Keywords: war exposure, cooperation, parochialism, conflict resolution, grievances, conflict trap
    JEL: D74 O17 Z13
    Date: 2023–02
  4. By: Casoria, Fortuna (GATE, University of Lyon); Galeotti, Fabio (CNRS, GATE); Villeval, Marie Claire (CNRS, GATE)
    Abstract: We combined a natural experiment (the occurrence of the COVID-19 pandemic in 2020) with the tools of laboratory experiments to study whether and how an unprecedented shock on social interactions (the introduction and abrogation of a nationwide lockdown) affected the evolution of individuals' social preferences, and willingness to trust others. In a longitudinal online incentivized experiment during the first lockdown in France, we elicited the same participants' preferences for prosociality, trust and trustworthiness every week for three months. Despite the exposure to long-lasting social distancing, prosocial preferences and the willingness to reciprocate the trust of others remained stable during the whole period under study. In contrast, the lockdown had an immediate negative effect on trust, which remained at lower levels til after the lifting of such measures but recovered its initial level nine months later. The decline in trust was mainly driven by individuals who experienced financial hardship, a lack of outward exposure, and higher anxiety during the lockdown.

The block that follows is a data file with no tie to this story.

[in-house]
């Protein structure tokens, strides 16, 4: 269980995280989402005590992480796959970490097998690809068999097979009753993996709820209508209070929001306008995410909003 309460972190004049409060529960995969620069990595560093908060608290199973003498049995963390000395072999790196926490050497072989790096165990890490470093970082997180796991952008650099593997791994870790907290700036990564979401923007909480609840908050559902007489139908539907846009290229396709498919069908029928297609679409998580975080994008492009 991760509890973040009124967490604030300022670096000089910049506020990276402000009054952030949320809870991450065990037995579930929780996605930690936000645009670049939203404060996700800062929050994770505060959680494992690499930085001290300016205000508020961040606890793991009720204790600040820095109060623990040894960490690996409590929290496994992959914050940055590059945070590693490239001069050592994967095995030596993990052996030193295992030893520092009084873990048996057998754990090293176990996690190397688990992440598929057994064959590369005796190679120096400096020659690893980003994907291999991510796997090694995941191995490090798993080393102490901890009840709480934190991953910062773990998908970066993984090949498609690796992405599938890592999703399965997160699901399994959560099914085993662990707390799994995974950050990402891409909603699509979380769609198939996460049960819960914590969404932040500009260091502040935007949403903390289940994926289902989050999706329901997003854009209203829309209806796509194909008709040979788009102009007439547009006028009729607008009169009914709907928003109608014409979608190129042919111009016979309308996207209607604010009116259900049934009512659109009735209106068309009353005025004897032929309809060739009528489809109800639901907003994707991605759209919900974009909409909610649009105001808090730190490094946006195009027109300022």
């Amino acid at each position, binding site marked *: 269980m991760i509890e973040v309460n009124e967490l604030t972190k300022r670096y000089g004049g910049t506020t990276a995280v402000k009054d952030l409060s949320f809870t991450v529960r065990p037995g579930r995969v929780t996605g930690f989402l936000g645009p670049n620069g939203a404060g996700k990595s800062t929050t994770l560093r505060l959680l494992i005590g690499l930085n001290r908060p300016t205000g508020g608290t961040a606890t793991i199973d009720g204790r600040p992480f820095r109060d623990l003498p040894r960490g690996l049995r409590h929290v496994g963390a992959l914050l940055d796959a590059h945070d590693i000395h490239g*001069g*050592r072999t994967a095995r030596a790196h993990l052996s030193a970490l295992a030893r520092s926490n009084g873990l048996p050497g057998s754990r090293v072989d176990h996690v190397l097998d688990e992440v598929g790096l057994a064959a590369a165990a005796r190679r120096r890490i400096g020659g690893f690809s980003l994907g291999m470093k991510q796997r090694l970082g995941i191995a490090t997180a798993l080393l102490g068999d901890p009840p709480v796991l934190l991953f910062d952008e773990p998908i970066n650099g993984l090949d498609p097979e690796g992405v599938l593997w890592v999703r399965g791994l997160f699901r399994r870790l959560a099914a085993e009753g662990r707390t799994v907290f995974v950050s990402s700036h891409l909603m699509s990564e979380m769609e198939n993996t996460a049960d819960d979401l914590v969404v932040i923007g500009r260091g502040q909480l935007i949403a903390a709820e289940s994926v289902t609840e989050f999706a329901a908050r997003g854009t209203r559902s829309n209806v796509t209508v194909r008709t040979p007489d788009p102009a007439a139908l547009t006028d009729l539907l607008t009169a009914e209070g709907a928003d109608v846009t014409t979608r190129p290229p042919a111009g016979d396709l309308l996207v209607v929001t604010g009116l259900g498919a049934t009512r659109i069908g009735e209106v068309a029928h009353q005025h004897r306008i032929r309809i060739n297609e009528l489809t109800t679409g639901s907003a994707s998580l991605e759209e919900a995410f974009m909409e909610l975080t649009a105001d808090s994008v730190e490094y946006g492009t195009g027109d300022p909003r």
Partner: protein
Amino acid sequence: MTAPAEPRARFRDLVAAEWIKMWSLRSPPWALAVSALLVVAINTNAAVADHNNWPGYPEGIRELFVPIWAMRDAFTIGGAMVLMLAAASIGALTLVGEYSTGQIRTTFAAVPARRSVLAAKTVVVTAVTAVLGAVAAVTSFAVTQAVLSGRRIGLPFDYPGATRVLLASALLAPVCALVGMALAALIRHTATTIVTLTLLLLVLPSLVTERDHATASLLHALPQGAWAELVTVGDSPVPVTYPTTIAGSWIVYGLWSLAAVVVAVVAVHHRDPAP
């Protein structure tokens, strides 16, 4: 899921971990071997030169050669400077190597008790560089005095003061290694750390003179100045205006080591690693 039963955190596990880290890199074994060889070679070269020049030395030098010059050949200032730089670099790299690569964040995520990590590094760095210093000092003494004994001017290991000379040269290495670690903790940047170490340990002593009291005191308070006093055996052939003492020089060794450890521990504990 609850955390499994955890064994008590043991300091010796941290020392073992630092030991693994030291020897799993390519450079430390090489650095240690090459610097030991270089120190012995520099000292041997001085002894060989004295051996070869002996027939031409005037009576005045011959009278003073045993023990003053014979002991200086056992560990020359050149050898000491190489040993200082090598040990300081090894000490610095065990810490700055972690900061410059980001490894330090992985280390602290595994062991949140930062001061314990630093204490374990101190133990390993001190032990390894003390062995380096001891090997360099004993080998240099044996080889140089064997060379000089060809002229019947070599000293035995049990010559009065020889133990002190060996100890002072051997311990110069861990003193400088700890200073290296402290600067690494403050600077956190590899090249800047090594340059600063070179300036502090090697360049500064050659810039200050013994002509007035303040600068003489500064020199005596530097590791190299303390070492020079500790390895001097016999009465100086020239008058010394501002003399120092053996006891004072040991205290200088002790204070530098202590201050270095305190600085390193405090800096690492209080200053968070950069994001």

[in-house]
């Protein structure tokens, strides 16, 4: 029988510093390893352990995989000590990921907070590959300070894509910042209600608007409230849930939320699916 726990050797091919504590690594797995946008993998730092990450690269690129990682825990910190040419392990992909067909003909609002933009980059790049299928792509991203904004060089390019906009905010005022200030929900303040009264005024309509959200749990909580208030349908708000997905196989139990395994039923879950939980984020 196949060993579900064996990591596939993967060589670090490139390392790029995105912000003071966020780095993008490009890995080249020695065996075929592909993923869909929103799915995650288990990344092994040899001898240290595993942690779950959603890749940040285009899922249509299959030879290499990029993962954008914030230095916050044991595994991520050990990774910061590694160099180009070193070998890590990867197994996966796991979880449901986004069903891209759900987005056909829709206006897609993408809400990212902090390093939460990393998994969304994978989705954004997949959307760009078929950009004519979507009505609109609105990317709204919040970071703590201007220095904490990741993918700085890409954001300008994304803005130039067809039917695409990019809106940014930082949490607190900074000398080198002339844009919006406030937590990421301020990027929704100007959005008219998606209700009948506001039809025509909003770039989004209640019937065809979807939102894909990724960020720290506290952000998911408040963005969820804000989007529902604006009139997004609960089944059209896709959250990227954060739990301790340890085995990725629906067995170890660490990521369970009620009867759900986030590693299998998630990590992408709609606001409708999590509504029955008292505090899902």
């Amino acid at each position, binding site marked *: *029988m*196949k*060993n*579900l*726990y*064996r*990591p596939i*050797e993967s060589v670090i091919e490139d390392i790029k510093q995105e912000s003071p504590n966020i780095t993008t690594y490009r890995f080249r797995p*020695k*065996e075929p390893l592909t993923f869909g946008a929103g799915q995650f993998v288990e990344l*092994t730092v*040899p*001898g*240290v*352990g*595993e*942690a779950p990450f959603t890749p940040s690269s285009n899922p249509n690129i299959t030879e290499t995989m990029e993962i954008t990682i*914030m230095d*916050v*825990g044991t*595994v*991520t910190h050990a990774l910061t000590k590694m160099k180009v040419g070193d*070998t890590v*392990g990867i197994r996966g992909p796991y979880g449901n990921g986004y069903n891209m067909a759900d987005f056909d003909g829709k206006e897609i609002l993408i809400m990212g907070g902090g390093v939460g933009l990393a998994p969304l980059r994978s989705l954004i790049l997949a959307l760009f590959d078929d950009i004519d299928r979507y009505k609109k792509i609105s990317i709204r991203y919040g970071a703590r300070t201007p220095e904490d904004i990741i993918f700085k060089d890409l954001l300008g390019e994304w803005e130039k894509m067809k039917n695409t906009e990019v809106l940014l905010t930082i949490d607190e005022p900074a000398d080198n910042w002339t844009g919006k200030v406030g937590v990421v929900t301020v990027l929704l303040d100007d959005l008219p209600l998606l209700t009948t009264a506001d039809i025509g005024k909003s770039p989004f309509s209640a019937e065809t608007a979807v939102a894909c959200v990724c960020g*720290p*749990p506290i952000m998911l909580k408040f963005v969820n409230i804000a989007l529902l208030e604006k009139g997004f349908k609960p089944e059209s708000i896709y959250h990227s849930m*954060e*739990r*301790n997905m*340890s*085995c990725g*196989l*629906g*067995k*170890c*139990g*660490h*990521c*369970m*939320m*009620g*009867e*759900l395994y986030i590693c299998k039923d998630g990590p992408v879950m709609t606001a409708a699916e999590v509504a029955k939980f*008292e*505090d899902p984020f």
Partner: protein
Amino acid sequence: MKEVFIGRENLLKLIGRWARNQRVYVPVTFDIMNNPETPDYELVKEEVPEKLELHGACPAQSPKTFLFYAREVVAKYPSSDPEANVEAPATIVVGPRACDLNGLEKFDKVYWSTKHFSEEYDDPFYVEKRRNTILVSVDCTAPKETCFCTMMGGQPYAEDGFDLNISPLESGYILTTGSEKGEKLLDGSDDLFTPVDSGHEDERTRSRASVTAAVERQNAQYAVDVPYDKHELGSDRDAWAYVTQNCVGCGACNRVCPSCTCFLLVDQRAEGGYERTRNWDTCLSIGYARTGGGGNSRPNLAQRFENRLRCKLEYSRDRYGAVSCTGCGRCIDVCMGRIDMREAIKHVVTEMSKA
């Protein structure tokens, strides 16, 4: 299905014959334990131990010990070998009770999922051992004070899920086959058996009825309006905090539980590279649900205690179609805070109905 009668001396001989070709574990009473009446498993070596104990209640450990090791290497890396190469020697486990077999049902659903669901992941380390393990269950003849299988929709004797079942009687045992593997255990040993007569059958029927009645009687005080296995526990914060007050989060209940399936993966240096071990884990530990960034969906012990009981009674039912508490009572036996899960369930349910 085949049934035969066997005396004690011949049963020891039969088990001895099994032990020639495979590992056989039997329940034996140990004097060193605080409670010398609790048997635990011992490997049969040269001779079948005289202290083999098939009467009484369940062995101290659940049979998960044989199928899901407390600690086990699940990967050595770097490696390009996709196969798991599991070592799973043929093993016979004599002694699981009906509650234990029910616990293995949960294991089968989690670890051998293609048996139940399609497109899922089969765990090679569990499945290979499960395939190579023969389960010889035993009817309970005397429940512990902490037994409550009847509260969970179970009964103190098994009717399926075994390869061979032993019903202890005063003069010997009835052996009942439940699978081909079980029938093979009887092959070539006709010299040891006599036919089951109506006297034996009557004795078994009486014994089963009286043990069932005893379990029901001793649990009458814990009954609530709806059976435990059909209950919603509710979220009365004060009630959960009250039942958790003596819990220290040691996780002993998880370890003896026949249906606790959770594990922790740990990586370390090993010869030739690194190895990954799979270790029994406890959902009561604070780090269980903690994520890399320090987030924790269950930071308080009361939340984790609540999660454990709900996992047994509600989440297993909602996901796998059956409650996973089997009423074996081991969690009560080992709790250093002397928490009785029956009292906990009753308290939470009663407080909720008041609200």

Keywords: social preferences, trust, trustworthiness, pandemic, COVID-19, social distancing
    JEL: C92 K1 I18
    Date: 2023–02
  5. By: Gislain S. GANDJON FANKEM (Yaoundé, Cameroon); Dieudonné TAKA (Douala, Cameroon); Sévérin TAMWO (Yaoundé, Cameroon)
    Abstract: This article fills the lack of work on the link between return migration and social cohesion in the country of origin of migration. For the first time, we assess the effect of skills acquired abroad by return migrants on social relations and quality of life in Cameroon using original survey data from the Institute of Demographic Training and Research. The main results, based on a probit model, show that formal and informal competences acquired abroad reduce the likelihood that return migrants will improve social relations and increase the probability that they will increase quality of life in their home country. These results remain robust to the inclusion of return migrants from African and non-democratic countries. Correcting for the endogeneity of skills acquired abroadby two-stage probit model with instrumental variablesdoes not alter these conclusions. Our results seem to corroborate the hypothesis that migration contributes to the transfer of norms and practices from destination countries to countries of origin.
    Keywords: Return migrants; skills; social relations; quality of life; Cameroon
    JEL: F22 O55 C3
    Date: 2023–01